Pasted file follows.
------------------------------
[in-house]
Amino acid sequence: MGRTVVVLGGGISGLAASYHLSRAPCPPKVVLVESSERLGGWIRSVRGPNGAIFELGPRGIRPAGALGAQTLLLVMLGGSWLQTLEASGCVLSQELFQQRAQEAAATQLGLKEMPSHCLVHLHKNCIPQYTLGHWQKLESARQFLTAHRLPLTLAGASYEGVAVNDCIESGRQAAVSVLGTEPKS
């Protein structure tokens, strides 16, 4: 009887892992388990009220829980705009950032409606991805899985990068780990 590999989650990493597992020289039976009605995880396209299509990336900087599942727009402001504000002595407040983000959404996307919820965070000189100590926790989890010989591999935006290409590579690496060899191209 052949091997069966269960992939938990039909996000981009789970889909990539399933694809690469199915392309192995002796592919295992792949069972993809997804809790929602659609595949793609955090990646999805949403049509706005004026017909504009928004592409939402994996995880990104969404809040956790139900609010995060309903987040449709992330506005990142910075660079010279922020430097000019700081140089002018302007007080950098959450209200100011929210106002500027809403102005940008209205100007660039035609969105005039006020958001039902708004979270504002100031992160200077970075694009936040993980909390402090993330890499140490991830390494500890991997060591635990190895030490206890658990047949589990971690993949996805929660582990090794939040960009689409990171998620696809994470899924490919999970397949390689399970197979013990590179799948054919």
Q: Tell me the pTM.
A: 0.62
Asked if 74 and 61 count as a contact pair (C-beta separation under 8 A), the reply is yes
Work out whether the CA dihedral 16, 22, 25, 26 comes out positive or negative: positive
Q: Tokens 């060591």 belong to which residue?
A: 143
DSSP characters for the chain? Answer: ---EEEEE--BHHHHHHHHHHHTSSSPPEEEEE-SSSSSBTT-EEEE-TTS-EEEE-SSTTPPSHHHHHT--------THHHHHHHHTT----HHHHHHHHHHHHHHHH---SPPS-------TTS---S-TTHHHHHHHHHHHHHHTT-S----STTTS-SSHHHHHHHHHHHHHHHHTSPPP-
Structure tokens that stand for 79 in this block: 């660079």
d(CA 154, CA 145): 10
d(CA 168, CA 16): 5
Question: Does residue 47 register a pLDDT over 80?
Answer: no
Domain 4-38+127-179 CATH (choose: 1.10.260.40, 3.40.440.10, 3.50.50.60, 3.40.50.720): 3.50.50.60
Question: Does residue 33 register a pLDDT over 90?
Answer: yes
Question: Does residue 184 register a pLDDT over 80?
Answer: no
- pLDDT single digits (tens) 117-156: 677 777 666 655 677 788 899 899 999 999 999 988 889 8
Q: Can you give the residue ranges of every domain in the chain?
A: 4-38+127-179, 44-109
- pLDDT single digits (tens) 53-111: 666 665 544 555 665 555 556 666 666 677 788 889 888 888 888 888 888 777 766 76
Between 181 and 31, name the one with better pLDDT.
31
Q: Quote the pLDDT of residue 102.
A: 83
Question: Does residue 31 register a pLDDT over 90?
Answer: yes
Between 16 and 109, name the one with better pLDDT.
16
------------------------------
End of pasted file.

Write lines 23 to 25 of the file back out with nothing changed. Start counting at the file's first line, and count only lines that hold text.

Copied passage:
A: 4-38+127-179, 44-109
- pLDDT single digits (tens) 53-111: 666 665 544 555 665 555 556 666 666 677 788 889 888 888 888 888 888 777 766 76
Between 181 and 31, name the one with better pLDDT.